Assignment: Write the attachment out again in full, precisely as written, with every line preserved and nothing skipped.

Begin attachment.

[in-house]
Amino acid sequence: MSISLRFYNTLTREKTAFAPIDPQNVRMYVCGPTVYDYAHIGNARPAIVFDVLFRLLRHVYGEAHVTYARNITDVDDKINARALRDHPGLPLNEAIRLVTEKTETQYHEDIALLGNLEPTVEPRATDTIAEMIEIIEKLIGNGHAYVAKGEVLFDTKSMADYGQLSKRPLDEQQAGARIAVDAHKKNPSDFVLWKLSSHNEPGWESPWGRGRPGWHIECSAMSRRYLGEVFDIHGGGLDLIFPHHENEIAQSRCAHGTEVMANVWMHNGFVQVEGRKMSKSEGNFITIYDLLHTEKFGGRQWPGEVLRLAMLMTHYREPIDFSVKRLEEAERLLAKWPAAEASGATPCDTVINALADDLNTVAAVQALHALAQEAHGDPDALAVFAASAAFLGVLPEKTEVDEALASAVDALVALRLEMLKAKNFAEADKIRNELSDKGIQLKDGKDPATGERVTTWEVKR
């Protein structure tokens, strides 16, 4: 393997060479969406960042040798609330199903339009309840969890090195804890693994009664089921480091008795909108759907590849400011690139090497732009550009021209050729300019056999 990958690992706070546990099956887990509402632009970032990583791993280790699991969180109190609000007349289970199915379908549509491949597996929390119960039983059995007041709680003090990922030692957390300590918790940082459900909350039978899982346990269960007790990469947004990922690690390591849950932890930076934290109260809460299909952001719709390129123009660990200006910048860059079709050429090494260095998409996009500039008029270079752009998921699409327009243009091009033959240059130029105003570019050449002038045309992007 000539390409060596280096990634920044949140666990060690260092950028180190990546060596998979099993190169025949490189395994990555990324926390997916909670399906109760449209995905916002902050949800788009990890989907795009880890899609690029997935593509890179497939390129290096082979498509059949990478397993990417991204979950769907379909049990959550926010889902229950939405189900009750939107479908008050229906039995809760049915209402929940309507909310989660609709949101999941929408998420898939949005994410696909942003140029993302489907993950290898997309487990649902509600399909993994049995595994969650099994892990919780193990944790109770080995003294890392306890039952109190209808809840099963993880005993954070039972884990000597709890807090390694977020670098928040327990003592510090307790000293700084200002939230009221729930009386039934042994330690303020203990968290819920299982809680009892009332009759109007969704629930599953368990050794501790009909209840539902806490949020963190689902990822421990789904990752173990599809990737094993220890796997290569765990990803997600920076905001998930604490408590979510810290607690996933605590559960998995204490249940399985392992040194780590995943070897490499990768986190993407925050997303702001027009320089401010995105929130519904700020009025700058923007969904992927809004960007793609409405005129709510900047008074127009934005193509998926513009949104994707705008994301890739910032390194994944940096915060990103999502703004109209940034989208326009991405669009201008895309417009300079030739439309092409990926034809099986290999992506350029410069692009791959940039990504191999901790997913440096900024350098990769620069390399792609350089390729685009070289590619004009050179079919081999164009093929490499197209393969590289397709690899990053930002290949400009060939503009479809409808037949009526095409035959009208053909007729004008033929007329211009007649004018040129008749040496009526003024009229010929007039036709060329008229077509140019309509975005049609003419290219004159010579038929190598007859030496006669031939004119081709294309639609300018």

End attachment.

[in-house]
Amino acid sequence: MSISLRFYNTLTREKTAFAPIDPQNVRMYVCGPTVYDYAHIGNARPAIVFDVLFRLLRHVYGEAHVTYARNITDVDDKINARALRDHPGLPLNEAIRLVTEKTETQYHEDIALLGNLEPTVEPRATDTIAEMIEIIEKLIGNGHAYVAKGEVLFDTKSMADYGQLSKRPLDEQQAGARIAVDAHKKNPSDFVLWKLSSHNEPGWESPWGRGRPGWHIECSAMSRRYLGEVFDIHGGGLDLIFPHHENEIAQSRCAHGTEVMANVWMHNGFVQVEGRKMSKSEGNFITIYDLLHTEKFGGRQWPGEVLRLAMLMTHYREPIDFSVKRLEEAERLLAKWPAAEASGATPCDTVINALADDLNTVAAVQALHALAQEAHGDPDALAVFAASAAFLGVLPEKTEVDEALASAVDALVALRLEMLKAKNFAEADKIRNELSDKGIQLKDGKDPATGERVTTWEVKR
């Protein structure tokens, strides 16, 4: 393997060479969406960042040798609330199903339009309840969890090195804890693994009664089921480091008795909108759907590849400011690139090497732009550009021209050729300019056999 990958690992706070546990099956887990509402632009970032990583791993280790699991969180109190609000007349289970199915379908549509491949597996929390119960039983059995007041709680003090990922030692957390300590918790940082459900909350039978899982346990269960007790990469947004990922690690390591849950932890930076934290109260809460299909952001719709390129123009660990200006910048860059079709050429090494260095998409996009500039008029270079752009998921699409327009243009091009033959240059130029105003570019050449002038045309992007 000539390409060596280096990634920044949140666990060690260092950028180190990546060596998979099993190169025949490189395994990555990324926390997916909670399906109760449209995905916002902050949800788009990890989907795009880890899609690029997935593509890179497939390129290096082979498509059949990478397993990417991204979950769907379909049990959550926010889902229950939405189900009750939107479908008050229906039995809760049915209402929940309507909310989660609709949101999941929408998420898939949005994410696909942003140029993302489907993950290898997309487990649902509600399909993994049995595994969650099994892990919780193990944790109770080995003294890392306890039952109190209808809840099963993880005993954070039972884990000597709890807090390694977020670098928040327990003592510090307790000293700084200002939230009221729930009386039934042994330690303020203990968290819920299982809680009892009332009759109007969704629930599953368990050794501790009909209840539902806490949020963190689902990822421990789904990752173990599809990737094993220890796997290569765990990803997600920076905001998930604490408590979510810290607690996933605590559960998995204490249940399985392992040194780590995943070897490499990768986190993407925050997303702001027009320089401010995105929130519904700020009025700058923007969904992927809004960007793609409405005129709510900047008074127009934005193509998926513009949104994707705008994301890739910032390194994944940096915060990103999502703004109209940034989208326009991405669009201008895309417009300079030739439309092409990926034809099986290999992506350029410069692009791959940039990504191999901790997913440096900024350098990769620069390399792609350089390729685009070289590619004009050179079919081999164009093929490499197209393969590289397709690899990053930002290949400009060939503009479809409808037949009526095409035959009208053909007729004008033929007329211009007649004018040129008749040496009526003024009229010929007039036709060329008229077509140019309509975005049609003419290219004159010579038929190598007859030496006669031939004119081709294309639609300018």